X-ray images also are used to place a guide wire into the suspicious area in order to help locate the lesion during open surgical biopsy, which is performed in an operating room.

An x-ray-guided biopsy often is done when:

  • A woman has a mammogram showing a suspicious solid mass that cannot be felt on breast examination.
  • A woman has a mammogram showing a suspicious cluster of small calcium deposits.
  • The structure of the breast tissue is distorted.
  • A new mass or area of calcium deposits is present at a previous surgery site.

How should I prepare for the procedure?

Even though most women who have a breast biopsy are found not to have cancer, despite an abnormality on the mammogram, you may want to have a relative or friend join you to lend support and to drive you home. If you are taking aspirin or a blood thinner, you will need to stop taking these five days in advance of the biopsy.  Be sure to check with your physician before discontinuing your medication.

What does the equipment look like?

The patient is lying face-down with her breast projecting through a hole in the table. The actual biopsy is done below the table after raising it to gain access to her breast.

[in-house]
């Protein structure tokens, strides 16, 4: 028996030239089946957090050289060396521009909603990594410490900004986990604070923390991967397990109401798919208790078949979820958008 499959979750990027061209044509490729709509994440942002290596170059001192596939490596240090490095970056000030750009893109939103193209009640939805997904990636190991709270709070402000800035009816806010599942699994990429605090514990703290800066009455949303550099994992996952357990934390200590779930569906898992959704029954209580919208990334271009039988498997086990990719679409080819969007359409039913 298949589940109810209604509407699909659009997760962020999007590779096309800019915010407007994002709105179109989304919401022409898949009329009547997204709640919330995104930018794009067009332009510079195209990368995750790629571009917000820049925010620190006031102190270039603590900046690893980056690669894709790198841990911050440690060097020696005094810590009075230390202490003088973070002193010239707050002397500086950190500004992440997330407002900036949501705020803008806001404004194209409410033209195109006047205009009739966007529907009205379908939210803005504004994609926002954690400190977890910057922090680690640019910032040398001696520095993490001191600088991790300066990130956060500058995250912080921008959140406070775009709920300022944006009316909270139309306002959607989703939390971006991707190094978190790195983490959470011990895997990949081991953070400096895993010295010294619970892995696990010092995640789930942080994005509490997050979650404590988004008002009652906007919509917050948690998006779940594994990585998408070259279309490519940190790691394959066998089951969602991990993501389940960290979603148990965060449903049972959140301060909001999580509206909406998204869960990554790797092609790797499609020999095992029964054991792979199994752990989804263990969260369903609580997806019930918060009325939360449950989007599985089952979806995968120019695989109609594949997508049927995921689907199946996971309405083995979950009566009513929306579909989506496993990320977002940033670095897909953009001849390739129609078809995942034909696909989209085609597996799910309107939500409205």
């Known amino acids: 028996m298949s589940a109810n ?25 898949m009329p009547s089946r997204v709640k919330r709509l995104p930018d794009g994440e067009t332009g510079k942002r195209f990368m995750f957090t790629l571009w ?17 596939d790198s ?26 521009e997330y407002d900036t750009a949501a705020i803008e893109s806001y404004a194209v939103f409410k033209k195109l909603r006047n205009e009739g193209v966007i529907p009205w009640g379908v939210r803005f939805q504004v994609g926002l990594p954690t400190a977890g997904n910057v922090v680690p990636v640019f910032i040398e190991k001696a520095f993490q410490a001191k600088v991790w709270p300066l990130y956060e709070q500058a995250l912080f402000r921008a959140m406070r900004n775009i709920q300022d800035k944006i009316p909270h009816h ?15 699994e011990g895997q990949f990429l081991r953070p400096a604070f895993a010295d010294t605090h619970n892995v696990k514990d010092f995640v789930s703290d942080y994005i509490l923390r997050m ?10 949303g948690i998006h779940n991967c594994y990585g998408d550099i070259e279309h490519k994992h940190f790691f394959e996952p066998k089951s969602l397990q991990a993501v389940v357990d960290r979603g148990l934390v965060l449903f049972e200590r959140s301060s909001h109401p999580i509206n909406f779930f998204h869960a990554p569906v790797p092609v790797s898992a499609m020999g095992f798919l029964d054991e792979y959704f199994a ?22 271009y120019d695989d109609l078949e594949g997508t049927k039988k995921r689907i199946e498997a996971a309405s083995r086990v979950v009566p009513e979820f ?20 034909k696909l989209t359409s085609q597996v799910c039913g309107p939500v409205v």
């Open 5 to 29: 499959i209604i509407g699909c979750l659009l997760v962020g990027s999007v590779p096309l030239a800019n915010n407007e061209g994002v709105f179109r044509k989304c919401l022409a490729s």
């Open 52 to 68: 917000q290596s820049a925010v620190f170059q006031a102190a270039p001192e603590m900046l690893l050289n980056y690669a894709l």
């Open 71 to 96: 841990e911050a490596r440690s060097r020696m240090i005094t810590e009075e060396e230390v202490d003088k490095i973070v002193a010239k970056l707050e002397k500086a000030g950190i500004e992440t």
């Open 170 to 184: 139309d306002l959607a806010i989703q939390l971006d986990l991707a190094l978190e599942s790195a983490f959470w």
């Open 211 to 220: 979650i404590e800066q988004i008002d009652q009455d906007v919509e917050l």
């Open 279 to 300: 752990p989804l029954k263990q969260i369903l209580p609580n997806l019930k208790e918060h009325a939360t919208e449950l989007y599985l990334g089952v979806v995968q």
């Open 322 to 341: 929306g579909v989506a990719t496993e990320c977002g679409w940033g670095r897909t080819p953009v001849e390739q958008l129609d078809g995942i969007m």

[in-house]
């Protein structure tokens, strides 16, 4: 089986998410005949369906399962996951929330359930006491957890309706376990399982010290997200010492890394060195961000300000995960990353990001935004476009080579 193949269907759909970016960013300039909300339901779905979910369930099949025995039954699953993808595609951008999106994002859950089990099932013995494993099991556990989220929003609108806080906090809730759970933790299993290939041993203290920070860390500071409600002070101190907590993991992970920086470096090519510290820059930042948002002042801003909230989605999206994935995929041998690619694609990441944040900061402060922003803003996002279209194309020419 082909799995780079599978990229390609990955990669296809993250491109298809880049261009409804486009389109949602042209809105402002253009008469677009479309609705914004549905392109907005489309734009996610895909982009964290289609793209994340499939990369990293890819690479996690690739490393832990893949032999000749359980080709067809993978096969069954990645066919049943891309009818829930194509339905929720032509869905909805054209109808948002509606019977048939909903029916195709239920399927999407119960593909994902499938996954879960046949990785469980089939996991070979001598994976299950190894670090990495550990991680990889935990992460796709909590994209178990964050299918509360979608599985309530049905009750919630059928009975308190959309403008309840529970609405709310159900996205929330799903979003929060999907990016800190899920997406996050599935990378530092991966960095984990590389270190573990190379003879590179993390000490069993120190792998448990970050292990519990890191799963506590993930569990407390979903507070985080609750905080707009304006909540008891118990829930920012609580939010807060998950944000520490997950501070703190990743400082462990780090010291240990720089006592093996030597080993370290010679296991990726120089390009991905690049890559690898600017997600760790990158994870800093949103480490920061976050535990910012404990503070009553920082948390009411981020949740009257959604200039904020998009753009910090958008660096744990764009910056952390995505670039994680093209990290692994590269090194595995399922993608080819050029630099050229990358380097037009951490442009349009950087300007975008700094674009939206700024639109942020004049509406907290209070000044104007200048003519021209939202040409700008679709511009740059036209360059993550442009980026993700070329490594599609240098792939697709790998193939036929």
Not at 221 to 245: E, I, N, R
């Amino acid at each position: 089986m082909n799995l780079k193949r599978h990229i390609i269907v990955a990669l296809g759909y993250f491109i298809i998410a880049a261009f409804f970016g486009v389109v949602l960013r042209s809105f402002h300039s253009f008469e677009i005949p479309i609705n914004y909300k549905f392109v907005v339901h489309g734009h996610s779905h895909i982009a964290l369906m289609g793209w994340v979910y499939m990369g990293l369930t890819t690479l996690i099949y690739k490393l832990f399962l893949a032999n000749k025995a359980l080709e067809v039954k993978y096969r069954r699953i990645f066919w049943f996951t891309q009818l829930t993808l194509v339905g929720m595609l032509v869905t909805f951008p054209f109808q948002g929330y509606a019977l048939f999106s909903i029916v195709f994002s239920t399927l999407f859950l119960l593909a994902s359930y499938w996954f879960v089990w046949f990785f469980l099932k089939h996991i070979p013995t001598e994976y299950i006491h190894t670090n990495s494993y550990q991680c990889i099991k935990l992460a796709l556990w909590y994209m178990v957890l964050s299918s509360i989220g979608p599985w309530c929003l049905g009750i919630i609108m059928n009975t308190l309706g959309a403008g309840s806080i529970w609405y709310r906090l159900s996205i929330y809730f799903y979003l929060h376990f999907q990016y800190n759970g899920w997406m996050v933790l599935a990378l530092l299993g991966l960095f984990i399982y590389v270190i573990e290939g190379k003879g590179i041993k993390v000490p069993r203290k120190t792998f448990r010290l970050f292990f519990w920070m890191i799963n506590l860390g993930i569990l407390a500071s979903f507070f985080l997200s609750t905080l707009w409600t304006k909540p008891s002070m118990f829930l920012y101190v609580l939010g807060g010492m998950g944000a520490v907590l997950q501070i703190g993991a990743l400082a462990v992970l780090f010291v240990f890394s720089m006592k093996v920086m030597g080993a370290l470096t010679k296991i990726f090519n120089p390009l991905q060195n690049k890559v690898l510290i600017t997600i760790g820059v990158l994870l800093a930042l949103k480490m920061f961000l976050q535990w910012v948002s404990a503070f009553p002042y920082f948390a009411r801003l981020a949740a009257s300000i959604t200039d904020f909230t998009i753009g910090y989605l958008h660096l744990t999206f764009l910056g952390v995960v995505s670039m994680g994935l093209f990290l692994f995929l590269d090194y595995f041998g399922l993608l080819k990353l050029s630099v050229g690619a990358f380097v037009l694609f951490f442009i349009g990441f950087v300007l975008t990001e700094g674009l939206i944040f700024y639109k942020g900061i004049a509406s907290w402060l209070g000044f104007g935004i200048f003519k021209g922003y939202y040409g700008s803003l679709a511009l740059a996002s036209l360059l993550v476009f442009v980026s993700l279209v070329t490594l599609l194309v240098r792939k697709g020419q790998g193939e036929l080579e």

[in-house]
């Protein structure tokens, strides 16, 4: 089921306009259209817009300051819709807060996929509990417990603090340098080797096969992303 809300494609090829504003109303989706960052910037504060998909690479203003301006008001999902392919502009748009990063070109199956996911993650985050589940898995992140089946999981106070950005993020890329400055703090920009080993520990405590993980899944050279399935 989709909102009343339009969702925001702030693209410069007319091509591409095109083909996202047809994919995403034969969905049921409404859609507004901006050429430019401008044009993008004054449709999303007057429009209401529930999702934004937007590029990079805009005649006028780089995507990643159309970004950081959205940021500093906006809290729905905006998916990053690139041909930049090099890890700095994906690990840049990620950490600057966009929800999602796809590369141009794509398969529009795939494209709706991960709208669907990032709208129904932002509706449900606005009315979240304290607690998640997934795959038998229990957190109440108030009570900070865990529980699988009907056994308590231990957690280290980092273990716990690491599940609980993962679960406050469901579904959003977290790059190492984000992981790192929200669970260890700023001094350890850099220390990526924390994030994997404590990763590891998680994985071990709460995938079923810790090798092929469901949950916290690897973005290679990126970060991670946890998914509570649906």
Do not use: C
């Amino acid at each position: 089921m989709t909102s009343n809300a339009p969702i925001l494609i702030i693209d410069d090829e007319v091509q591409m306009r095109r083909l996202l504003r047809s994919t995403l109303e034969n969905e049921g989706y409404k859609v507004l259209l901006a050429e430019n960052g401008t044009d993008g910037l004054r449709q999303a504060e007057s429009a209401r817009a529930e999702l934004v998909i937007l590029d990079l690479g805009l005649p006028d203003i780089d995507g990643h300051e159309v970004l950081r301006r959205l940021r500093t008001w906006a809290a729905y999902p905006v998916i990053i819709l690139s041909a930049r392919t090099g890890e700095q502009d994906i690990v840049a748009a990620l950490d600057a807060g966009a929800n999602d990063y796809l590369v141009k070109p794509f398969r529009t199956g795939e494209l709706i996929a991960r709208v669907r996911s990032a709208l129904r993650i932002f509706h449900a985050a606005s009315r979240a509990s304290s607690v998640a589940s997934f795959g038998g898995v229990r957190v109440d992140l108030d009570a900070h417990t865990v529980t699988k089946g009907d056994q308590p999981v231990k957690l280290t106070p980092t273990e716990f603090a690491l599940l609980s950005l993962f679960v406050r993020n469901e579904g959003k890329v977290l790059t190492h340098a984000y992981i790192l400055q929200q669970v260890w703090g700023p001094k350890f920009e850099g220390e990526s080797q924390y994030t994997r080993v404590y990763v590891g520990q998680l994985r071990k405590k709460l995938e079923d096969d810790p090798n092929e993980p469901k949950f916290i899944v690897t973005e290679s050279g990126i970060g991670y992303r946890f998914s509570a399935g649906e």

A paddle-shaped instrument compresses the breast during biopsy. A tray is nearby, containing all of the equipment necessary for the biopsy.



How does the procedure work?

In addition to the specialized equipment needed for x-ray-guided breast biopsy, specially trained technologists and physicians perform the procedure. The principle of stereotactic biopsy is that a lesion can be located precisely in three dimensions by calculating its apparent change in position on angled x-ray images. The first x-ray locates the abnormality in the breast, after which two stereo views are obtained, each angled 15 degrees to either side of the initial image. The physician then marks the lesion electronically on the stereo images. The computer calculates how much the lesion's position appears to have changed on each of the stereo views, and in this way is able to determine its exact site in three-dimensional space.